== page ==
Today we return to Matthew’s gospel and resume our study of the last week of Jesus’ life, during which the Jerusalem authorities will crucify the Lord (chap. 27). Passion week, however, is not the first time Jesus’ countrymen reject Him as the Christ. Herod would not tolerate any rival and tried to kill the newborn king (2:16–18). Many Pharisees said He was of the Devil (9:32–34), and the towns of Chorazin, Tyre, and Nazareth did not repent when Jesus preached the Gospel to them (11:20–24; 13:53–58). Both Sadducee and Pharisee have asked trick questions of Jesus (22:15–40), falsely believing themselves pious when they denied Jesus’ messianic office. Yet those who reject Christ reject God Himself, and they will suffer for their impudence (23:1–36; see Luke 10:16).
Matthew 23:37–39 records Jesus’ lament over Jerusalem after declaring woes on the city’s leaders (vv. 1–36). He expresses sorrow that Israel has continually rejected God’s call for repentance in a metaphor that likens the Godhead to a mother hen, a rare biblical use of a feminine image for deity (see Isa. 42:14). Such imagery reminds us that our Creator is not male, though neither is He female — He is spirit (John 4:24). Nevertheless, we call God “Father,” not “mother,” for that is how He has told us to address Him (Matt. 6:9; Rom. 8:15). God is our head and initiates salvation when He pours out His grace; male images for Him remind us of this fact, for men are given headship in the church and the family and thus, the right and duty to initiate (1 Cor. 11:3; 1 Tim. 2:12–15).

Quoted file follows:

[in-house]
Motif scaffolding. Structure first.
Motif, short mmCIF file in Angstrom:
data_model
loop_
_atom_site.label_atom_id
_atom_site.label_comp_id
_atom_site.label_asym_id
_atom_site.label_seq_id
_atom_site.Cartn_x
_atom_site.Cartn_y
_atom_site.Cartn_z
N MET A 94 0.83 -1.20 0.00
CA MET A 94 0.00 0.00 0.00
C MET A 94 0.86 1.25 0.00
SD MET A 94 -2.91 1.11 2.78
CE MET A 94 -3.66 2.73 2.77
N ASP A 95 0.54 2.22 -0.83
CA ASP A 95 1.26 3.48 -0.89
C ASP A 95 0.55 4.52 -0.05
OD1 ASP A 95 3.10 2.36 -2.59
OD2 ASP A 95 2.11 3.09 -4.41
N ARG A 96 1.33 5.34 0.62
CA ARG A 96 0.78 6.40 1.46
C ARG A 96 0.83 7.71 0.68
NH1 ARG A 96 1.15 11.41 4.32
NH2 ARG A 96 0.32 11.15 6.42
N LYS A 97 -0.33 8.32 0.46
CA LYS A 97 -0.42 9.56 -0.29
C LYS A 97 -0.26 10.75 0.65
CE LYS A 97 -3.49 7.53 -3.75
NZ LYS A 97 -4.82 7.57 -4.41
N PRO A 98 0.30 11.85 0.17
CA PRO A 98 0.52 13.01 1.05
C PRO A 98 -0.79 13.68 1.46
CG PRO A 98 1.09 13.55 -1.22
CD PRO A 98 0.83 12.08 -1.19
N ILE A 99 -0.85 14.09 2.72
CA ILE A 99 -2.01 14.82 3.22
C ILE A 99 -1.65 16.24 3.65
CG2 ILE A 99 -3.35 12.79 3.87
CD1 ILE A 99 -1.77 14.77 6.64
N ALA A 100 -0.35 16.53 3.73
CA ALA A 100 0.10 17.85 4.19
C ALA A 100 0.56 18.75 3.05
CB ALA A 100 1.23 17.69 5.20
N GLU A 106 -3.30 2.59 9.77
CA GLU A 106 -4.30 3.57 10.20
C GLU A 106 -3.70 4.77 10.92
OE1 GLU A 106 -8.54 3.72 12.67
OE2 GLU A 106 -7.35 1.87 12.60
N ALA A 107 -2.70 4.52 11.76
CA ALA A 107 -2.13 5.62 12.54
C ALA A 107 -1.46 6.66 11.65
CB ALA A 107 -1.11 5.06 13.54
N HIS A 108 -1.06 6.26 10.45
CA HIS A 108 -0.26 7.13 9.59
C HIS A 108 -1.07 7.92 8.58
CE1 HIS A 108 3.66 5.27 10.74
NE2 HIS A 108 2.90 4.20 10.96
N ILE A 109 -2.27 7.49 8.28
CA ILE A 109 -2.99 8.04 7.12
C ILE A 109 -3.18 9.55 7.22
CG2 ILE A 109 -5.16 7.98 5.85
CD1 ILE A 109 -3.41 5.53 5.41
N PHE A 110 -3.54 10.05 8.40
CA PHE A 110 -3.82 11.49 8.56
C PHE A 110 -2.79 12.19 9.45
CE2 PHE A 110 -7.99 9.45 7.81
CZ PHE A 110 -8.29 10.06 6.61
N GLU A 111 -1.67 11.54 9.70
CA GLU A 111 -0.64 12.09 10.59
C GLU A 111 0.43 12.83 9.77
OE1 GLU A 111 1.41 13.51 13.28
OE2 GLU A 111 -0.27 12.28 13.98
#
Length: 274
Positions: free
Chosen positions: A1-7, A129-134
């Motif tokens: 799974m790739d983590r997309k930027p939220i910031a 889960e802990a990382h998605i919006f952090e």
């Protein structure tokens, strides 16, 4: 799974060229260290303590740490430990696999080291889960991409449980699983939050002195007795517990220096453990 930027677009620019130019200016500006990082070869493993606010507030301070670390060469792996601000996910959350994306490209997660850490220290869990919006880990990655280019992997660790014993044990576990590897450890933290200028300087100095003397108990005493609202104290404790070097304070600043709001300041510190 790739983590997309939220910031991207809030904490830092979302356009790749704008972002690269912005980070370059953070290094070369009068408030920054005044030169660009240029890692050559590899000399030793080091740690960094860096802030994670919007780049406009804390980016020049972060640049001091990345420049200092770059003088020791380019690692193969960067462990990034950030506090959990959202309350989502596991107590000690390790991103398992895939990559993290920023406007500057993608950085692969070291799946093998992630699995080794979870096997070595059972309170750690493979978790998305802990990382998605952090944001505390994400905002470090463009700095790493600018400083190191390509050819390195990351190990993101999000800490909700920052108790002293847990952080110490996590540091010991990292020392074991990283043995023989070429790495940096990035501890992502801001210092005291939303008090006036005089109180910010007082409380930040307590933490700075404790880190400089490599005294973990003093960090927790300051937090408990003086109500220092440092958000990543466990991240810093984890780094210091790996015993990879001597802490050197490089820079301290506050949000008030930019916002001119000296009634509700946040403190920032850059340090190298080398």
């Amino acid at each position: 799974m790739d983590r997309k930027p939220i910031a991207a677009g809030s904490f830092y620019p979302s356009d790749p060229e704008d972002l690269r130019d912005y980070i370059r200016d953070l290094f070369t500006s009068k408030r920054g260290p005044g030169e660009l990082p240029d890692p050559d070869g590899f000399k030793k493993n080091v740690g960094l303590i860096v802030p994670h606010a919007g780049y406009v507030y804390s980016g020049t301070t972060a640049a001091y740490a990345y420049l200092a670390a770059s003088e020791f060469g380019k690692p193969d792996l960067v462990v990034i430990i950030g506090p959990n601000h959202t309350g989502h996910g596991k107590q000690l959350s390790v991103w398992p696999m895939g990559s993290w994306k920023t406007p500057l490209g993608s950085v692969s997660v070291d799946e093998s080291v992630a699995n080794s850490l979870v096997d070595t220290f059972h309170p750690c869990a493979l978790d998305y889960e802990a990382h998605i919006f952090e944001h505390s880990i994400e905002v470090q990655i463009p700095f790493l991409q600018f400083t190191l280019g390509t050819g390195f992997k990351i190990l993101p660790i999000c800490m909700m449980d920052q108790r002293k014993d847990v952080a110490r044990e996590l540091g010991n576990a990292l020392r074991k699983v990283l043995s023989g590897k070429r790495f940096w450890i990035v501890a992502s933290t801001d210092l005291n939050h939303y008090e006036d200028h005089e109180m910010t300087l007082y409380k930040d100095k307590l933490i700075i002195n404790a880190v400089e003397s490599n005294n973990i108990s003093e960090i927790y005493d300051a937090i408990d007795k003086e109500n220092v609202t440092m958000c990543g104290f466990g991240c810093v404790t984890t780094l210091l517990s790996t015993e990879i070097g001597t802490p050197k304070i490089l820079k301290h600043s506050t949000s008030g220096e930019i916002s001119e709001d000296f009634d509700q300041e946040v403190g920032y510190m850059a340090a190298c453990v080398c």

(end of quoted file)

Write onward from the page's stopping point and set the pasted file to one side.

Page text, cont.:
Jesus’ lament shows us that human suffering, considered in itself, does not please the Almighty. Although God has ordained Jerusalem’s destruction, His revealed will in Scripture proves He has “no pleasure in the death of the wicked (Ezek. 33:11). But, as John Calvin writes, “the will of God is exhibited to us in two ways,” and there is a sovereign will, unrevealed to us, that governs all that ever occurs (Deut. 29:29). By this hidden will God may ordain events that by themselves do not please Him but nonetheless contribute to His glory, which is supremely pleasing to Him (Isa. 48:9–11). God finds pleasure not in the suffering, but in the good He works for His glory through the suffering.
We are not perfectly holy and have no inherent right to execute wrath. How then can we take pleasure in the death of the sinner if God finds no pleasure in the death of the wicked? Our hearts should be broken, not gleeful, when we see someone destroy himself on account of his evil. As you lament the moral degeneracy of our culture, can others hear sadness in your voice? Are you grieved when the unrighteous remain impenitent?